With less than two weeks left until the beginning of the Ashes, all the pre-series talk of ‘hatred’ and’ war’ has made clear the importance both teams — England and Australia – attach to this five-series, nearly two-month-long spectacle.
The time, therefore, is perfect to have a look at how emotions had swelled up in the heat of the contests in the years gone by, and how they had brought out some of the best performances ever on a cricket field.
Here’s a look at the top five innings played in the Ashes, which often changed the course of the match, and sometimes, even that of the series altogether.
1. Ian Botham, 149, Headingley, 1981
An innings that single-handedly turned around the match, and later the series, was Ian Botham’s 149 in the famous Headingley Test of 1981. Botham had, earlier in the series, given up captaincy, and runs had deserted him as well. He was dismissed for a pair in the second Test at Lord’s. With England following on, and in a precarious position at 135/7 at Headingley, Botham decided that the best way out of the hole was to slog. 'Beefy' ended up scoring 149 runs off just 148 balls, taking England to 374, giving them a lead of 129 runs.
The target was still a small one, but Australia came in the crosshairs of Bob Willis that day, who took 8/43. Botham also took a wicket in the Australian innings.
Deservedly, Botham’s Headingley masterclass ranks as the best batting effort in the history of the Ashes that stretches for over a century.
2. Allan Border, 196, Lord’s, 1985
This is fondly remembered as 'Border’s match’. Australian captain and premier batsman Allan Border brought out his top performance against old rivals England, and made 196 runs in his team's first innings total of 425, in the second Test at the Lord’s. Many of Australia's top notch players had withdrawn from the Ashes tour to go on a rebel tour to South Africa, and Border was thus leading a depleted Australian side.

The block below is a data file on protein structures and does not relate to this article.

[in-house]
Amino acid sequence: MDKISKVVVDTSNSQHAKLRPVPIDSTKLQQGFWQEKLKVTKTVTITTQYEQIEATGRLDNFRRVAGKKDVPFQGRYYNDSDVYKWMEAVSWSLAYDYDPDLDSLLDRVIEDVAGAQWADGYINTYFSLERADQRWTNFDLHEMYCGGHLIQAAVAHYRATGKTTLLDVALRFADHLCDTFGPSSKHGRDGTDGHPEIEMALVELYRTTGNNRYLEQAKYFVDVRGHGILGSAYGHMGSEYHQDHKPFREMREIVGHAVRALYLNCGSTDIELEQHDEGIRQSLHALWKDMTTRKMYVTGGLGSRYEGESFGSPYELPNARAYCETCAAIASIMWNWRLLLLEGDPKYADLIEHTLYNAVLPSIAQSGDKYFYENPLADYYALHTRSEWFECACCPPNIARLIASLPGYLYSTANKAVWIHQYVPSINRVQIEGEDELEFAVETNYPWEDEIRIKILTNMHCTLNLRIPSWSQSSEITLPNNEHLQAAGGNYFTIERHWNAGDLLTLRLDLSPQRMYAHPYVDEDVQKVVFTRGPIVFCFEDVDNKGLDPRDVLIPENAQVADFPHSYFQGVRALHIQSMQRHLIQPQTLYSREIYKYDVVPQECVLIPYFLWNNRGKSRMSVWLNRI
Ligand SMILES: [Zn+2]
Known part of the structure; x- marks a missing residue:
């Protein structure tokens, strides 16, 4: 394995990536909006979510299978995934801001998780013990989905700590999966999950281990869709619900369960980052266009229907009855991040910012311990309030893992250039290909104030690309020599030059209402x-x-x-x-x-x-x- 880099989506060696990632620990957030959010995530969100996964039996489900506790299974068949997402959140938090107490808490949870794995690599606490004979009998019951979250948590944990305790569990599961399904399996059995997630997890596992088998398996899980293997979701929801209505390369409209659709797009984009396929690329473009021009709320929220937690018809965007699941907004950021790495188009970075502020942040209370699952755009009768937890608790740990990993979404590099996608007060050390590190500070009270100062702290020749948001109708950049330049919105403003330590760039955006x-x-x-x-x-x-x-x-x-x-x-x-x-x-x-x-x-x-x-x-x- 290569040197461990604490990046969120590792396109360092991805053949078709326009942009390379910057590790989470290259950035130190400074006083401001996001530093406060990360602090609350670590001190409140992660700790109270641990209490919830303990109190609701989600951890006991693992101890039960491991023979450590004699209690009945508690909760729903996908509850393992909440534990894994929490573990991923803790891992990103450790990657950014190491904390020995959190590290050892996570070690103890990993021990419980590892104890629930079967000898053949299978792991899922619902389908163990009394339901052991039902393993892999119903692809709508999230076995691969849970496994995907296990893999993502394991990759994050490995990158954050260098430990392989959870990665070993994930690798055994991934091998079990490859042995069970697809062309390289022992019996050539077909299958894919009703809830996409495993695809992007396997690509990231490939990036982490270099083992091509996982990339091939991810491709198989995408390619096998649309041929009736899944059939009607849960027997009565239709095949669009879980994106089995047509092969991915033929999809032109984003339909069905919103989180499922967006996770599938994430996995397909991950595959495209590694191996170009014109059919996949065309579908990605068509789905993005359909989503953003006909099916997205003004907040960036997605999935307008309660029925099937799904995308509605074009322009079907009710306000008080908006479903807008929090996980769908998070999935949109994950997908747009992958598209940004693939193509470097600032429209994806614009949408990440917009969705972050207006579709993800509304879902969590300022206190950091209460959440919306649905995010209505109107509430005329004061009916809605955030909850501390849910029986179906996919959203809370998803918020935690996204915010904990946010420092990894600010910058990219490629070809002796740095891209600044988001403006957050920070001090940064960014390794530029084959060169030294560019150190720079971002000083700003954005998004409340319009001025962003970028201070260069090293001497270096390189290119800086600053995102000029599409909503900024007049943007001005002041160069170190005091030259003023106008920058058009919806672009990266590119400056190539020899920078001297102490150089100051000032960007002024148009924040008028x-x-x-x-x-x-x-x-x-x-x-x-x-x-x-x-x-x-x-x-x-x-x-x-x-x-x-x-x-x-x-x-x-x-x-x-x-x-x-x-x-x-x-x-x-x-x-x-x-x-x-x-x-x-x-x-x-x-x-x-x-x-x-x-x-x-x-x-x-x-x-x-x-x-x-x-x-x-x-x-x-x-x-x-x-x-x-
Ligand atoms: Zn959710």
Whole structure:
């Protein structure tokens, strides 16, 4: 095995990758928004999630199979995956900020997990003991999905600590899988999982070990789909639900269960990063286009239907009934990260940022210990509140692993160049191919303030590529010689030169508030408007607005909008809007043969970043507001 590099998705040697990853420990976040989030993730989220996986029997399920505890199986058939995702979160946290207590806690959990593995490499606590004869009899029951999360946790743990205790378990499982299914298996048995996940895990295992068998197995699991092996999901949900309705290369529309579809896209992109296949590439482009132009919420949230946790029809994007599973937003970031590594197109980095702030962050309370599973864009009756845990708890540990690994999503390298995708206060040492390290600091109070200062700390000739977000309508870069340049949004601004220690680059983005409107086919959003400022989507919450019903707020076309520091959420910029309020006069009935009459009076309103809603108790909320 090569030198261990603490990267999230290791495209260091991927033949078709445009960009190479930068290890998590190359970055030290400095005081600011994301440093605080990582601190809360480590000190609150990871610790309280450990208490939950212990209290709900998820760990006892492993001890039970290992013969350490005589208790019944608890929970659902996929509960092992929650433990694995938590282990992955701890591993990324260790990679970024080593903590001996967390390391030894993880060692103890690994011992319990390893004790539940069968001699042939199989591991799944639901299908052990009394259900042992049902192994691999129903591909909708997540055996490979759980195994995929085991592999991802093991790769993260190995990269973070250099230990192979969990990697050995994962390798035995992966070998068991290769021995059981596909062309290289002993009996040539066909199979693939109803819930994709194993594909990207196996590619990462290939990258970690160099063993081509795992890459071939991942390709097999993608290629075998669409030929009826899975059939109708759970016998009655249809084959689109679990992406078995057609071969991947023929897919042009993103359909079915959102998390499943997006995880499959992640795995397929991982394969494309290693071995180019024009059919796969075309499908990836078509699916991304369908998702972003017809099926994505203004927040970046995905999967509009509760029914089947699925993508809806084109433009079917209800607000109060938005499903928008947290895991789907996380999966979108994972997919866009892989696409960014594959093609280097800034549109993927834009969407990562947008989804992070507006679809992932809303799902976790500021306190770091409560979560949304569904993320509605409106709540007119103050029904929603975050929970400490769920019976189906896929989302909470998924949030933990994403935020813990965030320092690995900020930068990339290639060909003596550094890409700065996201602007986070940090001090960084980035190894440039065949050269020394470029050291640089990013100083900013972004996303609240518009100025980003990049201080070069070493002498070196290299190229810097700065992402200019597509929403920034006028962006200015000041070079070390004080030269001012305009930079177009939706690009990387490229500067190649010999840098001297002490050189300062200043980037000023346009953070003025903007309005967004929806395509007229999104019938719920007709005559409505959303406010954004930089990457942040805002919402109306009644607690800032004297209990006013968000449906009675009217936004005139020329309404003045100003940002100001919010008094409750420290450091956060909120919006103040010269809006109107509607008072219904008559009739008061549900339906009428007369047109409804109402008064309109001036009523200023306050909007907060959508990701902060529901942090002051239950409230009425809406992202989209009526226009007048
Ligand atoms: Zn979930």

Following England's 290 in the first innings, Australia were in a spot of bother when they were reduced to 101/4. Border found a staunch ally in Greg Ritchie and they stitched together a 216-run stand to rescue Australia. In the second innings as well, Border had to take control of the small chase of 126. In the end, Border ended up scoring 43 percent of Australia's total runs in that match, eventually taking them home with four wickets to spare.
3. Steve Waugh 157*, The Oval, 2001
At No 3 on the list is Steve Waugh’s 157 at The Oval during the fifth Ashes Test in 2001. After sitting out the fourth Test with a calf injury, Waugh desperately wanted to make a return to the team for this match and lead his team in the last match of the series.
Waugh played, though he was less than 100 percent fit, and together with his younger brother Mark, essayed an innings that showed what made him one of the most admired figures in the cricketing world.
For most of the innings, he battled with severe pain, limping through for singles. He pushed himself to hit quite a few boundaries as well. However, for all his struggles, it was a quick single that took the elder Waugh to three figures. Scampering for the run, he dived to avoid being run out, and then celebrated his hundred without getting up, smiling and acknowledging the crowd's ovation by raising his bat. That image remains one of the most enduring memories of Waugh's 20-year-old career.
4. Ricky Ponting, 156, Manchester, 2005